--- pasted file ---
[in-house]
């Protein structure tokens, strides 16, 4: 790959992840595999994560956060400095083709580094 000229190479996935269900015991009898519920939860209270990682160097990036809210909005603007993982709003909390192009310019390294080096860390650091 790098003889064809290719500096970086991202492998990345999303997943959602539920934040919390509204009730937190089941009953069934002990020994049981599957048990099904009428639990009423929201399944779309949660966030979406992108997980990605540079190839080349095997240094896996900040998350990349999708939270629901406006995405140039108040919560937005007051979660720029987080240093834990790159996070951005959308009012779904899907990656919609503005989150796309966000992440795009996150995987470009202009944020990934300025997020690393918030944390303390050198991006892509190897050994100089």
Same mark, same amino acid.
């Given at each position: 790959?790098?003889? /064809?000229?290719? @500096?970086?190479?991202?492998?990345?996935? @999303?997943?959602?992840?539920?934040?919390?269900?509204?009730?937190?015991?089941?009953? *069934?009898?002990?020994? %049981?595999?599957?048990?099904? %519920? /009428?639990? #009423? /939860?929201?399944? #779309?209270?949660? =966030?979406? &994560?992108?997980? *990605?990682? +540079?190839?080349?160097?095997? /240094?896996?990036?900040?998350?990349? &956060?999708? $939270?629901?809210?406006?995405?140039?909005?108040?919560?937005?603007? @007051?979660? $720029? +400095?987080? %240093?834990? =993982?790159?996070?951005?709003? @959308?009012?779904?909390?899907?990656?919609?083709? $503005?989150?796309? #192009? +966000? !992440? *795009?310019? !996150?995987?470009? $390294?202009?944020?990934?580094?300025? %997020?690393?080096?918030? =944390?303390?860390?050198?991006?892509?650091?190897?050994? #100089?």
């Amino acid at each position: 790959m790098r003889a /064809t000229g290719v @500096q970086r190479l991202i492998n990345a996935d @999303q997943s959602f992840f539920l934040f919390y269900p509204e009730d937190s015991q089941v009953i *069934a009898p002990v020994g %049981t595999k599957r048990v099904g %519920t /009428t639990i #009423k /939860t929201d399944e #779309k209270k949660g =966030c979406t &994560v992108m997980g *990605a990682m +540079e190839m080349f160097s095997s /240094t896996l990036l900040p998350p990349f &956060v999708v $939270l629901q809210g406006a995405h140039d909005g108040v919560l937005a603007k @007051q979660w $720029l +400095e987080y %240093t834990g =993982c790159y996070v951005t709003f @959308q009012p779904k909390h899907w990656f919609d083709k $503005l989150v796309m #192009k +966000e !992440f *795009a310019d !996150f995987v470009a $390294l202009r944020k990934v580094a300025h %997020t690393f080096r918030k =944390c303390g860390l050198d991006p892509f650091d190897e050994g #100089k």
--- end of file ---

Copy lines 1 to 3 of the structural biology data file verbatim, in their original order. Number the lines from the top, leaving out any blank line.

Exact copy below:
[in-house]
């Protein structure tokens, strides 16, 4: 790959992840595999994560956060400095083709580094 000229190479996935269900015991009898519920939860209270990682160097990036809210909005603007993982709003909390192009310019390294080096860390650091 790098003889064809290719500096970086991202492998990345999303997943959602539920934040919390509204009730937190089941009953069934002990020994049981599957048990099904009428639990009423929201399944779309949660966030979406992108997980990605540079190839080349095997240094896996900040998350990349999708939270629901406006995405140039108040919560937005007051979660720029987080240093834990790159996070951005959308009012779904899907990656919609503005989150796309966000992440795009996150995987470009202009944020990934300025997020690393918030944390303390050198991006892509190897050994100089």
Same mark, same amino acid.